7) Kaleb Cowart, 6/2/92 -- 3B, Advanced Rookie Ball
.283/.345/.420 with 7 HR and 11 SB
I'm surprised at how much slack folks are cutting Cowart for his underwhelming season in the Pioneer League. Other sites have ranked him second, third/fourth, and fifth in the Angels system based on his all-star caliber tool package. Folks just don't seem especially alarmed at his problems with offspeed stuff and the consequent 25%+ strikeout rate he posted in rookie ball. They accept how raw our 2010 first round, $2.3 million bonus baby has remained through a full season of pro development, yet still project him to be a middle of the order hitter.
I went back through the decade's advanced rookie ball rosters to see how teenagers with similar rookie ball performances have fared, specifically those with K-rates above 20%. Here's the list: Mark Trumbo (20.7% K-rate), Ryan Mount (21.0%), Sean Rodriguez (21.2%), Peter Bourjos (24.0%), PJ Phillips (26.1%), Brandon Wood (26.5%, though he was a year younger than Cowart), and Angel Castillo (29.6%). There are some obvious busts there, but also some pretty good players. For me, the salient point is that none of them have ever really resolved their strikeout issues, even if they've found ways to succeed despite that flaw in their game. Cowart's K's aren't likely to just go away, and that's going to be prohibitive unless the secondary skills come along quickly.
Additional points of reference include Alberto Callaspo, our current switch-hitting, defensively-gifted third baseman, who K'd in exactly 4.3% (not a typo!) of his Pioneer League PA's at the same age as Cowart; Luis Jimenz, who fanned just 14.1% of the time, though he was a year older; and, at the other extreme, Josh Bell, the former Dodgers prospect and aspiring Orioles third baseman who often comes up as a comp for Cowart, and who also struck out in 26% of his PA's as a nineteen year-old in the Pioneer League. So far in the majors, 35% of Bell's PA's have ended with a K.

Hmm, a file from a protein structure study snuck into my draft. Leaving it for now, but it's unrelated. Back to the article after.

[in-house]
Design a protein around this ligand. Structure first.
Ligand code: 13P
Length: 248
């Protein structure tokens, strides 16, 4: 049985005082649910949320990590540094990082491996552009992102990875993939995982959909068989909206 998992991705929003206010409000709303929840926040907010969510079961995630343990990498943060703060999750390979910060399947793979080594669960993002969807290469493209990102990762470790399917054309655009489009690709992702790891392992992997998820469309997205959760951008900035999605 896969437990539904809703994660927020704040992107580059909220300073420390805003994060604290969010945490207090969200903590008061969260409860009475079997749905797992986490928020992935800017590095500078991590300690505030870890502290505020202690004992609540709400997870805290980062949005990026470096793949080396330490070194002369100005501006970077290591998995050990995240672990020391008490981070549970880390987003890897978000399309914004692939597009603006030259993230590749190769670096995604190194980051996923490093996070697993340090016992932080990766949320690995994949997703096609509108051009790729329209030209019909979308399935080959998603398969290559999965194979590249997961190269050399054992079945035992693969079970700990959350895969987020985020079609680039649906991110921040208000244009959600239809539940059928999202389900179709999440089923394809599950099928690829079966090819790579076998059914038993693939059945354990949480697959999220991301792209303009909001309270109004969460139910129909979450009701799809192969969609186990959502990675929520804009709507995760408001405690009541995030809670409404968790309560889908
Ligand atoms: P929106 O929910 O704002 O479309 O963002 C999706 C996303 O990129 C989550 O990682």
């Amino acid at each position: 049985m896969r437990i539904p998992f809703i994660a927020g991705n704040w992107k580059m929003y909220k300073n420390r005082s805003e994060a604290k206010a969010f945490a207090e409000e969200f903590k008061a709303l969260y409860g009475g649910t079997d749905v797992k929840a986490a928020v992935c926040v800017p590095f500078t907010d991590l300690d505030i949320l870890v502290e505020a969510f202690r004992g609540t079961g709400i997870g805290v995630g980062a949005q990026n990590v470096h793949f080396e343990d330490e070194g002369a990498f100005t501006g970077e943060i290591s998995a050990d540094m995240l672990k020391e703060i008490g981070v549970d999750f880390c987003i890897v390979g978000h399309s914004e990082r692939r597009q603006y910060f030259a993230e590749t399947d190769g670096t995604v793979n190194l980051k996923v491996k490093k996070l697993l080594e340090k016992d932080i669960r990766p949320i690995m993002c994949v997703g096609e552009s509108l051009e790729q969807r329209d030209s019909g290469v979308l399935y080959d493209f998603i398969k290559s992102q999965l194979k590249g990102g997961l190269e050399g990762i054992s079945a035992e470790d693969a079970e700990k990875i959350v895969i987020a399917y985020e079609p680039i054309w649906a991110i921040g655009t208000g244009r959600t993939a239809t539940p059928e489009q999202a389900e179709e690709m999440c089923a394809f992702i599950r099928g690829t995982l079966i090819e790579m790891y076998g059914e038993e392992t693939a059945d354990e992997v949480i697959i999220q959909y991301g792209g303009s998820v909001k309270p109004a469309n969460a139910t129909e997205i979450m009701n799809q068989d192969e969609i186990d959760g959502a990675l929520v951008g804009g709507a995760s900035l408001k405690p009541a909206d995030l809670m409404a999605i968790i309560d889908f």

On the other hand, Cowart did a lot of things right in Orem: he improved his left-handed cut, ending up with a .303/.359/.466 slash line with seven homeruns from that side (including the playoffs), and showing flashes of power up the middle and to the opposite field. He had the bat speed to turn around good fastballs, shooting linedrives from line to line. His defense was spectacular at times, despite the disconcerting error totals, and his glove now projects as average to above average. That's a pretty good collection of skills to have, and there's still a chance that he takes a huge step forward next year.
Cowart's swing is similar from both sides of the plate. He uses a big leg kick to load, which probably compromises his ability to adjust to offspeed stuff. Even when he doesn't whiff, he often gets too far out in front and rolls over on a pitch, tapping far too many weak grounders to his pull side from both sides of the plate. We're likely to see his timing come and go as he develops, leading to wild swings in his numbers from month to month. Despite the big kick, Cowart's stride forward his modest, so he stands tall on a surprisingly narrow base throughout his cut, which is unusual for a power hitter. That keeps him upright at the point of contact, and helps him to stay on top of the ball. It seems to me that his cut is geared more for linedrives than for distance power, and my sense is the Angels want it that way for now.
Weirdly, his hitting mechanics seemed simpler in high school. He set up on a wider base then and loaded with a toe tap instead of his present high leg kick. It's unusual for a young player to move away from those kind of mechanics and add a big, potentially extraneous motion like the leg kick. Strange.
Cowart is a risky project. However, unlike most guys, he also has a workable exit strategy: just a year and a half ago, consensus had it that he could be a frontline starter. If he bombs as a hitter with Cedar Rapids, then it should be clear to him and to the organization that his future is on the mound, which in any case may be his best possible outcome. My fear is that he hits .250/.290/.370 with a 25% K-rate, which wouldn't be horrible for the Midwest League, but it wouldn't reflect any improvement either. Those numbers would likely be enough to keep him on the hitting development track, but at that point he'd be a year older and, in my mind, much further from projecting as an everyday MLB player.
To hell with mediocrity. Here's to boom or bust in 2012.